High school finances receive high marks
The Martha's Vineyard Regional High School (MVRHS) district received high marks from its auditors, in a financial summary presented to the school committee Monday.
Chris Rogers, a certified public accountant with Sullivan, Rogers and Company, told the committee, "The auditors' opinion is unqualified, the same as it has been for the last three years — that's the best opinion you can receive."
The auditors reported that the MVRHS district's total net assets increased by $128,851 in fiscal year 2005 (FY05). Governmental funds, which include 177 individual funds maintained by the district, totaled $1.4 million in FY05 compared to $1.3 million last year. Member town assessments for the high school came to $9.8 million.
The auditors' management letter made recommendations for improvements in several areas, including suggestions for new accounting and financial reporting for retirees' health benefits and for preparing and recording line item budget transfers throughout the fiscal year.
The auditors advised the high school to tighten up procurement procedures by obtaining three quotes for purchases between $5,000 and $25,000, and submitting purchase orders for purchases between $100 and $4,999.
Although improvements have been made since last year's audit in the registration process for summer clinics, Mr. Rogers said this year there were still some missing forms for tennis clinic participants.
He also targeted the student activities fund maintained by the high school for some needed improvements. In some cases, donations, purchase of supplies and equipment did not match up with the definition of a student activity. There also are seven individual student activity fund deficits and class balances remaining from graduated classes dating back to 1981. The auditors recommended verifying that the funds maintained match up with designated student activities, preventing deficit spending by any student activity and disbursing remaining funds from graduated classes.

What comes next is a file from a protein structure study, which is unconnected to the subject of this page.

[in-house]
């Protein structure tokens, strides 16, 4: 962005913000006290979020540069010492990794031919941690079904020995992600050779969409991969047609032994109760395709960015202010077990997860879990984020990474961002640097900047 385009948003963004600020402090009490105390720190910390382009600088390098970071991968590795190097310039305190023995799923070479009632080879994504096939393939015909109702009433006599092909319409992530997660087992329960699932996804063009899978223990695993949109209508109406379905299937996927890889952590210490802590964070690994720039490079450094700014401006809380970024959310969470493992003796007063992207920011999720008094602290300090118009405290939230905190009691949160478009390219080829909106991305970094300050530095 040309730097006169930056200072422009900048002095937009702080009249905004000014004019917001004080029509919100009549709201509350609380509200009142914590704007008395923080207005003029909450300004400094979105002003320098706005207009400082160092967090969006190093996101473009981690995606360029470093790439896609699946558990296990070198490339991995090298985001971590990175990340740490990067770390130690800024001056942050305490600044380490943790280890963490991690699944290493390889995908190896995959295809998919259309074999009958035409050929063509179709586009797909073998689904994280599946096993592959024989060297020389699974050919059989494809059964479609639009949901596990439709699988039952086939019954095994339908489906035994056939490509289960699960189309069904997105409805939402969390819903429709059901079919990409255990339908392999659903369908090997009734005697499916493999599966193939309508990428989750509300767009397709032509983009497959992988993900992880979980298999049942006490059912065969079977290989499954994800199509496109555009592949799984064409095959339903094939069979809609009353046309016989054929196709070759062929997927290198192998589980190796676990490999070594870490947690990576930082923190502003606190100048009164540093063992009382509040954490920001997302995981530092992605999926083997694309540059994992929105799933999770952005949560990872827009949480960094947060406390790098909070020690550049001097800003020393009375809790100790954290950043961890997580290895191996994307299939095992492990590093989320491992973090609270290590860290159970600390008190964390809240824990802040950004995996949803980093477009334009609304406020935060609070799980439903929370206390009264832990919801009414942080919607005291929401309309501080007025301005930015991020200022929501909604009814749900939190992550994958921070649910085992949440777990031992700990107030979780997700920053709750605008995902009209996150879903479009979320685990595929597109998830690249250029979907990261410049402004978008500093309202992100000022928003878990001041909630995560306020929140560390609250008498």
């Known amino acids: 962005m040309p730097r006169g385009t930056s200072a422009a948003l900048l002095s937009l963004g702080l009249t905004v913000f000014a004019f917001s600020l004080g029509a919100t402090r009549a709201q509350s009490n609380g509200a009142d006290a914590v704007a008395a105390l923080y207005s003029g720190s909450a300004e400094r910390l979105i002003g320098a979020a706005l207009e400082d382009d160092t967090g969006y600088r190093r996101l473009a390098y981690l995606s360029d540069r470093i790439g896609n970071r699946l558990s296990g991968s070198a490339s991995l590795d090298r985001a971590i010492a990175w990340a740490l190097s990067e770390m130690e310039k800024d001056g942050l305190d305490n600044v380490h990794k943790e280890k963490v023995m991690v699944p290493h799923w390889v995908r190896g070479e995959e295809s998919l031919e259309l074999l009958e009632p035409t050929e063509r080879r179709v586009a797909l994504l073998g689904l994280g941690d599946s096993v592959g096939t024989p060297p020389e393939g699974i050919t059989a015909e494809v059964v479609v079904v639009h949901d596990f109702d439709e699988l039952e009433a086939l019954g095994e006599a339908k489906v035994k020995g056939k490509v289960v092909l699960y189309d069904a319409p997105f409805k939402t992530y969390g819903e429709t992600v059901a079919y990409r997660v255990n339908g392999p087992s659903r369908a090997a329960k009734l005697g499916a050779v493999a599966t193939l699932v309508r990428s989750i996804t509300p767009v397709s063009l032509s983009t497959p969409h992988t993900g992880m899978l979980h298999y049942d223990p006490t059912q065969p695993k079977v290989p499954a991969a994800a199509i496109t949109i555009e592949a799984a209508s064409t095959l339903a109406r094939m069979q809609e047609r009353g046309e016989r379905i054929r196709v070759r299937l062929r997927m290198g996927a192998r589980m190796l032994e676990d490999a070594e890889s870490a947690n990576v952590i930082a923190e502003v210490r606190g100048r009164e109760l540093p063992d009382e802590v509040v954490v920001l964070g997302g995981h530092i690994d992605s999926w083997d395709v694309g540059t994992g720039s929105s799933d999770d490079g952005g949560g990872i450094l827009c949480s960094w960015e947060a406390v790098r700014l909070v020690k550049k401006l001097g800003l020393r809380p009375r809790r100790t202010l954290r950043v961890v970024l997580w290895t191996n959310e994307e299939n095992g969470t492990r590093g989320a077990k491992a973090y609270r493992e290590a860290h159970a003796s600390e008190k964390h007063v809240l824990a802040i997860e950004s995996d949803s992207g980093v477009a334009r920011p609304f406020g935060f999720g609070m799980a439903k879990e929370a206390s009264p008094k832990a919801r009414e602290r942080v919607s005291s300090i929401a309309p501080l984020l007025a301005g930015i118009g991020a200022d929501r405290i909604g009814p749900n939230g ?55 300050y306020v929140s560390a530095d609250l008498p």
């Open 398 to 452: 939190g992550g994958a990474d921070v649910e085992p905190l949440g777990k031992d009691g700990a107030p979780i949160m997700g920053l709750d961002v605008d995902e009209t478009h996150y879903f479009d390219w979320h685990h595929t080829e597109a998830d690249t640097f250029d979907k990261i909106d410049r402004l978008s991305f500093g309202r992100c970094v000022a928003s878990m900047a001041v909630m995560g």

Other suggestions from the auditors included improving the accounting system's security to reduce the risk of use by unauthorized personnel, and to implement a fraud risk assessment program. Mr. Rogers said he will help Amy Tierney, assistant to the superintendent for business affairs, set the program up.
Mr. Rogers also discussed the financial implications for the school district in operating its own school bus system. Buying buses will save some money, he said, because the high school can purchase them with non-taxable bonds. The money saved could be put into a "rolling fund" to be used for purchasing more buses as others become fully depreciated, he said. James Weiss, superintendent of Martha's Vineyard Public Schools, said there also are savings in insurance costs, with the district paying about half of the amount formerly paid by the private contractor.
In other school bus related business, Mr. Weiss announced the transportation subcommittee would meet Tuesday night to discuss the continued operation of the school bus service and the hiring of a manager to run it. The committee will begin reviewing the resumes of six people who have applied for the position.
Mr. Weiss also announced the results of a state report on the dropout rate in Massachusetts. The MVRHS dropout rate at 1.7 percent for 2003-2004 was significantly below the statewide average at 3.7 percent. The school also demonstrated a significant decrease in the dropout rate since two years ago. For the class of 2006, to date there have been seven dropouts out of 222 students.
A dropout is defined as a student who leaves a school anytime during the school year and does not reenroll by October 1 of the next year, explained Margaret (Peg) Regan, MVRHS principal. If the students' whereabouts can be officially documented, they are not counted as dropouts, she said. "Our guidance department does a phenomenal job in tracking them, so we don't lose them," said Ms. Regan.
Studies show that 55 percent of students who drop out in their junior or senior year do so because they do not pass the Massachusetts Comprehensive Assessment System (MCAS), Mr. Weiss said. However, the high school is addressing the needs of such students by offering three concrete programs, he added, including MCAS tutoring, night school, and classes at the Rebecca Amos Institution.
In her principal's report, Ms. Regan said the high school budget process is nearing completion, with two more meetings of the budget subcommittee scheduled for Thursday, Nov. 10, 6 pm, and Monday, Nov. 21, 8 am. She will present the budget at a public hearing with the all-Island selectmen in the school library on Thursday, Dec. 1, at 7 pm.
Regarding school activities, both Duncan Pickard, president of the Student Council, and Ms. Regan shared observations about the success of a special retreat focusing on racial and cultural awareness attended by 40 students and 2 faculty members. Another recent event was the induction of new students into the National Honor Society, including 50 juniors out of a class of 200.
At Ms. Regan's request, the school committee approved funds for a group of students to attend a Model United Nations conference and another group to attend a sailing regatta in Austin, Texas.
The school committee also joined Mr. Weiss in congratulating one of their members, Diane Wall, who was named to the All-State School Committee at an awards banquet held recently in Worcester.